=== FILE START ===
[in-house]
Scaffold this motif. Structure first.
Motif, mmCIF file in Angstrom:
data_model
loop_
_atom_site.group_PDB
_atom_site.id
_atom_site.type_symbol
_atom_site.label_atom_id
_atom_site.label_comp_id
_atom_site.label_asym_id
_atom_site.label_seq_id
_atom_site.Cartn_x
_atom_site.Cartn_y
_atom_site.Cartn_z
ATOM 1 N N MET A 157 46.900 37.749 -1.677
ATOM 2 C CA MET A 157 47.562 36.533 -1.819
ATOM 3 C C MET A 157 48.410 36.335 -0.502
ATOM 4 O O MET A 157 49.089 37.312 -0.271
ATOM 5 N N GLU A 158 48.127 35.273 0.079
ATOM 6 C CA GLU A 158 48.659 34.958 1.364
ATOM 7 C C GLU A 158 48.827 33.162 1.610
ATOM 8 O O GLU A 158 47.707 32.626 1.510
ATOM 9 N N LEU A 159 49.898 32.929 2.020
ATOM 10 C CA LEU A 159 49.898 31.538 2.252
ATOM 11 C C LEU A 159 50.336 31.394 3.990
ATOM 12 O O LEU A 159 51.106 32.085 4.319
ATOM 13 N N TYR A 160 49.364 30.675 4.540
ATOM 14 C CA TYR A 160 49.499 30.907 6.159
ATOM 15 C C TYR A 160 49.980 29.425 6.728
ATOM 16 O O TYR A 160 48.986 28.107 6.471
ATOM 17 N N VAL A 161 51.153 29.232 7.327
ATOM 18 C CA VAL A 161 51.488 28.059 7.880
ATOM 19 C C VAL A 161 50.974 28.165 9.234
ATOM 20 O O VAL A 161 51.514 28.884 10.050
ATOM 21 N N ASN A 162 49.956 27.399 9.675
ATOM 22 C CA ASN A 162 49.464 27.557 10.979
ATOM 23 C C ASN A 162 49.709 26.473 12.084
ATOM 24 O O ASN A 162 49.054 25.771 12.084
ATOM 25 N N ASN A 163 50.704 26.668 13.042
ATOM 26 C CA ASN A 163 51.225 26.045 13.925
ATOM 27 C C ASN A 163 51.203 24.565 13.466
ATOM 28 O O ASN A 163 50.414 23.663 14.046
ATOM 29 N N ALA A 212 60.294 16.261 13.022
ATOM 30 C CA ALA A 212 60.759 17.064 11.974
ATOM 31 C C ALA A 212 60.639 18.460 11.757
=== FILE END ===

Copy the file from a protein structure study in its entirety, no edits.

[in-house]
Scaffold this motif. Structure first.
Motif, mmCIF file in Angstrom:
data_model
loop_
_atom_site.group_PDB
_atom_site.id
_atom_site.type_symbol
_atom_site.label_atom_id
_atom_site.label_comp_id
_atom_site.label_asym_id
_atom_site.label_seq_id
_atom_site.Cartn_x
_atom_site.Cartn_y
_atom_site.Cartn_z
ATOM 1 N N MET A 157 46.900 37.749 -1.677
ATOM 2 C CA MET A 157 47.562 36.533 -1.819
ATOM 3 C C MET A 157 48.410 36.335 -0.502
ATOM 4 O O MET A 157 49.089 37.312 -0.271
ATOM 5 N N GLU A 158 48.127 35.273 0.079
ATOM 6 C CA GLU A 158 48.659 34.958 1.364
ATOM 7 C C GLU A 158 48.827 33.162 1.610
ATOM 8 O O GLU A 158 47.707 32.626 1.510
ATOM 9 N N LEU A 159 49.898 32.929 2.020
ATOM 10 C CA LEU A 159 49.898 31.538 2.252
ATOM 11 C C LEU A 159 50.336 31.394 3.990
ATOM 12 O O LEU A 159 51.106 32.085 4.319
ATOM 13 N N TYR A 160 49.364 30.675 4.540
ATOM 14 C CA TYR A 160 49.499 30.907 6.159
ATOM 15 C C TYR A 160 49.980 29.425 6.728
ATOM 16 O O TYR A 160 48.986 28.107 6.471
ATOM 17 N N VAL A 161 51.153 29.232 7.327
ATOM 18 C CA VAL A 161 51.488 28.059 7.880
ATOM 19 C C VAL A 161 50.974 28.165 9.234
ATOM 20 O O VAL A 161 51.514 28.884 10.050
ATOM 21 N N ASN A 162 49.956 27.399 9.675
ATOM 22 C CA ASN A 162 49.464 27.557 10.979
ATOM 23 C C ASN A 162 49.709 26.473 12.084
ATOM 24 O O ASN A 162 49.054 25.771 12.084
ATOM 25 N N ASN A 163 50.704 26.668 13.042
ATOM 26 C CA ASN A 163 51.225 26.045 13.925
ATOM 27 C C ASN A 163 51.203 24.565 13.466
ATOM 28 O O ASN A 163 50.414 23.663 14.046
ATOM 29 N N ALA A 212 60.294 16.261 13.022
ATOM 30 C CA ALA A 212 60.759 17.064 11.974
ATOM 31 C C ALA A 212 60.639 18.460 11.757